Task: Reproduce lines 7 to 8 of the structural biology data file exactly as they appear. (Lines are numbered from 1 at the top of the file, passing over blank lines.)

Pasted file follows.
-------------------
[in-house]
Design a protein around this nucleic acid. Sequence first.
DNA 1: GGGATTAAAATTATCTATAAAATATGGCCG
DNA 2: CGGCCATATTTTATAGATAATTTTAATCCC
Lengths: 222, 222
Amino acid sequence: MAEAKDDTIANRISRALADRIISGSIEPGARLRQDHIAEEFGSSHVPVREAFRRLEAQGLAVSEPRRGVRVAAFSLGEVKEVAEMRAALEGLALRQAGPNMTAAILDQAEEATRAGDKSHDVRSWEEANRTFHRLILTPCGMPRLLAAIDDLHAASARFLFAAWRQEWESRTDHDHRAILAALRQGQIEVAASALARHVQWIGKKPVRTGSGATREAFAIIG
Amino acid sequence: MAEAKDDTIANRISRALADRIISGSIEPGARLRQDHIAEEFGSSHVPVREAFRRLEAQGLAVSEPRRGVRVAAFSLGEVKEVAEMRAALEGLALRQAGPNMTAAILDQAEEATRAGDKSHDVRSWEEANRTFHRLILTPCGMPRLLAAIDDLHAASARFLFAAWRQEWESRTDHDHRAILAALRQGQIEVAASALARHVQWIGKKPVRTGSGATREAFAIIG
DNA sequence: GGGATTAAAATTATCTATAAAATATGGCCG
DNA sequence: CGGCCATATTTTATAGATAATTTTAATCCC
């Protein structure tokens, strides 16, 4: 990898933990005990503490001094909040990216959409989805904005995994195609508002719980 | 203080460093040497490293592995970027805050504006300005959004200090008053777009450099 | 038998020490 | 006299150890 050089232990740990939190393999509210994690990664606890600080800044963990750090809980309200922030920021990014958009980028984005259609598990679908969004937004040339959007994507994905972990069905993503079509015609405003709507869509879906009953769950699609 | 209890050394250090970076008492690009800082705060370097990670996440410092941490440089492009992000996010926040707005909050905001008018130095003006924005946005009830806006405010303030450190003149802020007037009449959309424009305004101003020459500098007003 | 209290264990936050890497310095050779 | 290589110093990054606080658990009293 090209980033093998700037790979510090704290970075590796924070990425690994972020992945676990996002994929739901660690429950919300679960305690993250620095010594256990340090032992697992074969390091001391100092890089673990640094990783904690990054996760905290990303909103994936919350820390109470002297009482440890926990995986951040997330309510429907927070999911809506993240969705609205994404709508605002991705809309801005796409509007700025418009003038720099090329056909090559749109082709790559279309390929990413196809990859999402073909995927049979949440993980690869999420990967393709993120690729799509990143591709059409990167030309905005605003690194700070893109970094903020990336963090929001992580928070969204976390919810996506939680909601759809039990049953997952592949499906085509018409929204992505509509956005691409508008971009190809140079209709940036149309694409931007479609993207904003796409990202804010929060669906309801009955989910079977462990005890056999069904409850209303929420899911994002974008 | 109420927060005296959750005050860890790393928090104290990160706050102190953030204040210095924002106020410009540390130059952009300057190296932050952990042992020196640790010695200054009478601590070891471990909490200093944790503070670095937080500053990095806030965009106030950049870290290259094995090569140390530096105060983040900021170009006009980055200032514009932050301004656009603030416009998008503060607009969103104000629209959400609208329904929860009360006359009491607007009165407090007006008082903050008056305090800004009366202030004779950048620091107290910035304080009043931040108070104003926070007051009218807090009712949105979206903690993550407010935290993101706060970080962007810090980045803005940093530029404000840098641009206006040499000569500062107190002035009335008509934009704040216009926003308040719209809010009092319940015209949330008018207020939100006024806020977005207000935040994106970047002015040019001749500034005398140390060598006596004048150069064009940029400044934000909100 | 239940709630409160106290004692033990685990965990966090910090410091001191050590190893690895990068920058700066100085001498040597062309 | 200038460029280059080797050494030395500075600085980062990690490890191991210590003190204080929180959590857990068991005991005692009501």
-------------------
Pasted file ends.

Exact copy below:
Amino acid sequence: MAEAKDDTIANRISRALADRIISGSIEPGARLRQDHIAEEFGSSHVPVREAFRRLEAQGLAVSEPRRGVRVAAFSLGEVKEVAEMRAALEGLALRQAGPNMTAAILDQAEEATRAGDKSHDVRSWEEANRTFHRLILTPCGMPRLLAAIDDLHAASARFLFAAWRQEWESRTDHDHRAILAALRQGQIEVAASALARHVQWIGKKPVRTGSGATREAFAIIG
DNA sequence: GGGATTAAAATTATCTATAAAATATGGCCG